• Limited Accessibility: Accessibility can be a problem with shared drives, particularly for external stakeholders. Firewall settings and other security measures can prevent smooth access, leading to delays and frustration.
  • Version Control Issues: Without robust version control features, shared drives can lead to "document chaos" with multiple versions of the same file floating around, creating confusion and errors.
  • Security Concerns: Unless properly managed, shared drives can expose sensitive documents to unauthorized users. Plus, once a document is downloaded, there's no control over who it is shared with.

Pitfalls of Traditional Tools

The traditional tools use for project management in M&A were useful: Excellent deals did happen. It’s just that the best deals happened in spite of the technology that existed, not because of it.

Typical issues that dogged M&A processes because of inadequate technology included:

  • Issues with collaboration: Most participants worked in silos, which led to teams moving in different directions and at different speeds. The result was often a kind of vaguely controlled chaos.
  • Difficulty tracking project progress: Closely related to the above was the difficulty in tracking project management. Physical Kanban setups are fine to track progress inside an office but are no substitute for the live update provided by software.
  • Lack of security: Because so many pieces of information were being copied, collated, and shared in a range of different directions (sometimes using cross-city couriers with highly confidential information), security was inevitably continuously compromised.
  • Human error: Even with the best of intentions and good project management practices in place, the traditional project management methods were subject to the pitfalls of human error.
DealRoom vs Excel, Email, Shared Drivers

The Pivot to Project Management in M&A

Mergers and acquisitions is a particularly complicated process because of all the moving parts. If we compare the merger of two companies with a traditional project management process - say, that for a large construction development - M&A has far more requirements in terms of coordination, management of resources, and maintaining timeliness and organization.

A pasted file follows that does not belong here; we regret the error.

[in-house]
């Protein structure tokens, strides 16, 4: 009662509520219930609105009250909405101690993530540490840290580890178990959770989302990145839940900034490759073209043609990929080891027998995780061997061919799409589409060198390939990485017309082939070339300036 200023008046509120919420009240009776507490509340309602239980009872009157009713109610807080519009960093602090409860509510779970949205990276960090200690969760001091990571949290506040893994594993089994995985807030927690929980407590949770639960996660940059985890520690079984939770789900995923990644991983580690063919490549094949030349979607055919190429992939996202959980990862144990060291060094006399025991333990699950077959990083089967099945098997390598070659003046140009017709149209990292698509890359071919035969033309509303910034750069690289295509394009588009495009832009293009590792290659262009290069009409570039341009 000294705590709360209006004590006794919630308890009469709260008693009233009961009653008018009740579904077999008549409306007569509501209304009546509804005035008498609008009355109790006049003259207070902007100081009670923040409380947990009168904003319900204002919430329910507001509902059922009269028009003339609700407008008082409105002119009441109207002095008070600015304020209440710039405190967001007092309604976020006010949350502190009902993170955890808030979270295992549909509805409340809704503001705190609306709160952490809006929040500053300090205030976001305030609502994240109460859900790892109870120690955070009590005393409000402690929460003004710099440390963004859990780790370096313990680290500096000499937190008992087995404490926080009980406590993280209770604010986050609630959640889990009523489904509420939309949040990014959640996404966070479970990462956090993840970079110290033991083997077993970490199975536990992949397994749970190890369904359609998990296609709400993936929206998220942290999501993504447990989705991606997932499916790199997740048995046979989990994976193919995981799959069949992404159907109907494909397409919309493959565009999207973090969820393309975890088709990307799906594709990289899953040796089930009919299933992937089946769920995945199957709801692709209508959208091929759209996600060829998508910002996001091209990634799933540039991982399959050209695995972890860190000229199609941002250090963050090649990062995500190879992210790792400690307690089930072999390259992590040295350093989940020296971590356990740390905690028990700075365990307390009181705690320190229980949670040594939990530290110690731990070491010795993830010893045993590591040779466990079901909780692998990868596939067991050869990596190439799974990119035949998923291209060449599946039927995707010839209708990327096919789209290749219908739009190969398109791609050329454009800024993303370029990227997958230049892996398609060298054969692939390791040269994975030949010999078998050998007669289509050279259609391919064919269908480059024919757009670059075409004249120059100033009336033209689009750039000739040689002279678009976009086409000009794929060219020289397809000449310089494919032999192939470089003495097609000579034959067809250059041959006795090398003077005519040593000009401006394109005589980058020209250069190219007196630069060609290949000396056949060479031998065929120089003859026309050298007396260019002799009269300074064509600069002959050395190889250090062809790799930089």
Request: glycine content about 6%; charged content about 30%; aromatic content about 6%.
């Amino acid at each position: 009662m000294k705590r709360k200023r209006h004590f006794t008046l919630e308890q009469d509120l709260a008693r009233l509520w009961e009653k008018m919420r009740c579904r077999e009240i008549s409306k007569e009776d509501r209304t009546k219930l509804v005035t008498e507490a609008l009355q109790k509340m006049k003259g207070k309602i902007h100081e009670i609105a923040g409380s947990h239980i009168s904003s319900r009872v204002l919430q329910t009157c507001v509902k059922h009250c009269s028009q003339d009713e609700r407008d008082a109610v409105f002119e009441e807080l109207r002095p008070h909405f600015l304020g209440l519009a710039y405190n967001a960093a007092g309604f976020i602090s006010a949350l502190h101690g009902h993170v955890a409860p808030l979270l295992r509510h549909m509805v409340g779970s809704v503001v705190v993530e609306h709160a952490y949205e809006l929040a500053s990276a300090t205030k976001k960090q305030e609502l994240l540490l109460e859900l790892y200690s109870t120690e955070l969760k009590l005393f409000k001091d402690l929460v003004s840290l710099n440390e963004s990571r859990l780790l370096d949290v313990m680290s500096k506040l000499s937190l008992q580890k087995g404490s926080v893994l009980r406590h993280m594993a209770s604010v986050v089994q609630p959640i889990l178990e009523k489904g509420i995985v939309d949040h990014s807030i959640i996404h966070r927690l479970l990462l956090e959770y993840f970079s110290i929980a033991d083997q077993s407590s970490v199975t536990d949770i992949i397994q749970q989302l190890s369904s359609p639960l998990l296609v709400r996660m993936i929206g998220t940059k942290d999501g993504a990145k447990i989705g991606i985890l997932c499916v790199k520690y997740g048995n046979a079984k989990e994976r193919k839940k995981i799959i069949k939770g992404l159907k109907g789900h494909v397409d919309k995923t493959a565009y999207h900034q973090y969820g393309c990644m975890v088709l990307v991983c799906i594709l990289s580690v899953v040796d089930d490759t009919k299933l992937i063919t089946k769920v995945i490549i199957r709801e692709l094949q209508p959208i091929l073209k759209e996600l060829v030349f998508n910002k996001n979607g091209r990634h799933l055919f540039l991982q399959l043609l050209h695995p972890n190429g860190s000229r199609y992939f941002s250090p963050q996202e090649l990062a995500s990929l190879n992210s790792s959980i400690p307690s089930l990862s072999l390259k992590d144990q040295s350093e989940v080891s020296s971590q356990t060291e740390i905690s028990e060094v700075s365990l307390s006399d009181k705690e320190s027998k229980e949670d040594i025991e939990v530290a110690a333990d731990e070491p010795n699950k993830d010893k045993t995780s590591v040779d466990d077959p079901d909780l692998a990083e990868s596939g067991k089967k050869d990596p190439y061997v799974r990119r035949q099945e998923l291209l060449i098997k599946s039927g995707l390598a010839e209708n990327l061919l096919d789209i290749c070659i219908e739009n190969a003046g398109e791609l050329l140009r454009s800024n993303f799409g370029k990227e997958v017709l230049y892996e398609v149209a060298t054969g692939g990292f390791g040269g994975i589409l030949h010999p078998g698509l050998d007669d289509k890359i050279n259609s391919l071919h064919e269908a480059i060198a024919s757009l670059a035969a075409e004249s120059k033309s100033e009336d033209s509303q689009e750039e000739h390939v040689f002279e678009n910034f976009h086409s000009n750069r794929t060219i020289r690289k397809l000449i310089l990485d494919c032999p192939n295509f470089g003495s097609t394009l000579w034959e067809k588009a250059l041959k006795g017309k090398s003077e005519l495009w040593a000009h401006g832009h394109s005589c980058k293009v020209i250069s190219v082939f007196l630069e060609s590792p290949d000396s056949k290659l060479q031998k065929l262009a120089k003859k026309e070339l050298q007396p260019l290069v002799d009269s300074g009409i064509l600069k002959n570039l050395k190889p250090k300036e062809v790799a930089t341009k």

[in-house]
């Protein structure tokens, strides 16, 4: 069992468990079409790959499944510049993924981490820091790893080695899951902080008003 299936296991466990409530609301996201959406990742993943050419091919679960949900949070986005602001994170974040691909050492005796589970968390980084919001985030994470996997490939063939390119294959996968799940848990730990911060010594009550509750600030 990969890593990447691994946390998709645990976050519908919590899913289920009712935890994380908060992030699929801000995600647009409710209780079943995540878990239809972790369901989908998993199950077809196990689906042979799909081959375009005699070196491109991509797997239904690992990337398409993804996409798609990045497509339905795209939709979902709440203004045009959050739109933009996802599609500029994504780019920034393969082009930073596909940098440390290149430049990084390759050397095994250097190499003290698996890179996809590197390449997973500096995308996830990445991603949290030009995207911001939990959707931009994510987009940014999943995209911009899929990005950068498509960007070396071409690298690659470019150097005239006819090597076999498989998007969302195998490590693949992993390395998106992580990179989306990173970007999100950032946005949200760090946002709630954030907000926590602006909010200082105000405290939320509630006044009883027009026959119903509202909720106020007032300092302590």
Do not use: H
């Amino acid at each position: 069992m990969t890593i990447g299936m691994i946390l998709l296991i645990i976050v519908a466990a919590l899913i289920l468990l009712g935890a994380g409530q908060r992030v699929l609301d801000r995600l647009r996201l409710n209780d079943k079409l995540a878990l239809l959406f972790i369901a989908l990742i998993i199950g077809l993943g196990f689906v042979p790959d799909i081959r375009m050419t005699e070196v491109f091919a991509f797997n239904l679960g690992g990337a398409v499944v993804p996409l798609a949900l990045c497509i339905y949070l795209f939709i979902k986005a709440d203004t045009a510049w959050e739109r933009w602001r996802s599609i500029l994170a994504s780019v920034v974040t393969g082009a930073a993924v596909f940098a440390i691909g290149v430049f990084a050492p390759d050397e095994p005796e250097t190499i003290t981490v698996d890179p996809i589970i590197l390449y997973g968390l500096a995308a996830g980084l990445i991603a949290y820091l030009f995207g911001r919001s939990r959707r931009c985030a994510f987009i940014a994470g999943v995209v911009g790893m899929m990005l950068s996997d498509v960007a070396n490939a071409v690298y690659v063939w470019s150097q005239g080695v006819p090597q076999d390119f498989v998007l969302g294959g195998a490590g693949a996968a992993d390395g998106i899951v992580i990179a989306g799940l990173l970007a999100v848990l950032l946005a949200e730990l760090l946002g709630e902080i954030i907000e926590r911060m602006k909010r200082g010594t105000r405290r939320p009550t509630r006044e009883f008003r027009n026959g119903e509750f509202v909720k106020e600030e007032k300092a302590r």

This goes for even relatively straightforward M&A transactions.

Consider the effect of omitting an important piece of due diligence in M&A. It could cost a company millions. Numerous cases have shown that it does. In extreme cases, it can lead to the deal being written off entirely.

There is scarcely an equivalent in construction development - the building’s construction may be dogged by issues, delays, and setbacks. But it will inevitably be built, and won’t be written off in the same way as a troublesome M&A transaction.

This is why project management is so crucial.

For a deal to be successful, each one of those moving parts has to be taken under control of the deal’s participants. Whether it’s ensuring that the company’s accounting and control systems are being merged properly, keeping tabs on which roles are being filled and by whom, managing overlapping supply chains, or even rejigging board rooms, project management software ensures all parties are on the same page.

Statistics generated by feedback provided by DealRoom’s users quantify the impact of this pivot. Highlights include:

  • 90% of DealRoom users are switching from Excel
  • An average of these users shows savings of:
  • 5+ hours per week
  • 200+ email threads
  • 20-25% on legal fees
  • 6+ months on integration

The Need for a Paradigm Shift: From Traditional to Modern Tools

This article should convince anybody of the necessity of moving from traditional tools (by which we mean Excel, Email, and CRM) to a more sophisticated way of getting M&A transactions done (project management and other collaboration tools).

Too often the expression ‘paradigm shift’ is used, but in this case, it’s applicable: Moving from these tools is like moving from a symbian phone to a smartphone.

And nobody wants a situation where their company is using a symbian phone, while their rivals for deals are using smartphones.

Frequently Asked Questions (FAQs)

Key takeaways